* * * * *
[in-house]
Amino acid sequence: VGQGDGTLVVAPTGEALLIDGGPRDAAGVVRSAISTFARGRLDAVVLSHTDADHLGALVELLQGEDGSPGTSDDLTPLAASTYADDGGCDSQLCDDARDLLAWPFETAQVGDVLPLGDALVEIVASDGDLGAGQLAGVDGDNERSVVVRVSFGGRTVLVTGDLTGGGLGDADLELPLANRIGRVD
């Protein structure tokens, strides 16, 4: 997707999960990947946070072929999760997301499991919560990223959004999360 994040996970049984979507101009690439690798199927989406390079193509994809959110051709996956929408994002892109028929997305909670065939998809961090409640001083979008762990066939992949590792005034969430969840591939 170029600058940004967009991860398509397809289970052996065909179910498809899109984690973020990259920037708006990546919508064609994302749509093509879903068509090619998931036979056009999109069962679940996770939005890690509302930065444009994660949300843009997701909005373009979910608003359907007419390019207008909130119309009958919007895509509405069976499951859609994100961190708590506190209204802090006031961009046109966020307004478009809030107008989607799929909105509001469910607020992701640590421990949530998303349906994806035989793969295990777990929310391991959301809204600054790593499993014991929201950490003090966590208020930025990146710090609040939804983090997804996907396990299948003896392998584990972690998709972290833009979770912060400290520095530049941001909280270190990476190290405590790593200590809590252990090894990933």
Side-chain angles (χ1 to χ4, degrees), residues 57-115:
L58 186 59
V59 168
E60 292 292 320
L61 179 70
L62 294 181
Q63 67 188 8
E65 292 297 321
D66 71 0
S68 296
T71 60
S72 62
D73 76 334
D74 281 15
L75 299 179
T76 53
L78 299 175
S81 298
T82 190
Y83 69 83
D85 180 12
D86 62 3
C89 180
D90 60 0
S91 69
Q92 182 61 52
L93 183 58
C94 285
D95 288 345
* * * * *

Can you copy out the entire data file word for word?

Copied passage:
[in-house]
Amino acid sequence: VGQGDGTLVVAPTGEALLIDGGPRDAAGVVRSAISTFARGRLDAVVLSHTDADHLGALVELLQGEDGSPGTSDDLTPLAASTYADDGGCDSQLCDDARDLLAWPFETAQVGDVLPLGDALVEIVASDGDLGAGQLAGVDGDNERSVVVRVSFGGRTVLVTGDLTGGGLGDADLELPLANRIGRVD
């Protein structure tokens, strides 16, 4: 997707999960990947946070072929999760997301499991919560990223959004999360 994040996970049984979507101009690439690798199927989406390079193509994809959110051709996956929408994002892109028929997305909670065939998809961090409640001083979008762990066939992949590792005034969430969840591939 170029600058940004967009991860398509397809289970052996065909179910498809899109984690973020990259920037708006990546919508064609994302749509093509879903068509090619998931036979056009999109069962679940996770939005890690509302930065444009994660949300843009997701909005373009979910608003359907007419390019207008909130119309009958919007895509509405069976499951859609994100961190708590506190209204802090006031961009046109966020307004478009809030107008989607799929909105509001469910607020992701640590421990949530998303349906994806035989793969295990777990929310391991959301809204600054790593499993014991929201950490003090966590208020930025990146710090609040939804983090997804996907396990299948003896392998584990972690998709972290833009979770912060400290520095530049941001909280270190990476190290405590790593200590809590252990090894990933």
Side-chain angles (χ1 to χ4, degrees), residues 57-115:
L58 186 59
V59 168
E60 292 292 320
L61 179 70
L62 294 181
Q63 67 188 8
E65 292 297 321
D66 71 0
S68 296
T71 60
S72 62
D73 76 334
D74 281 15
L75 299 179
T76 53
L78 299 175
S81 298
T82 190
Y83 69 83
D85 180 12
D86 62 3
C89 180
D90 60 0
S91 69
Q92 182 61 52
L93 183 58
C94 285
D95 288 345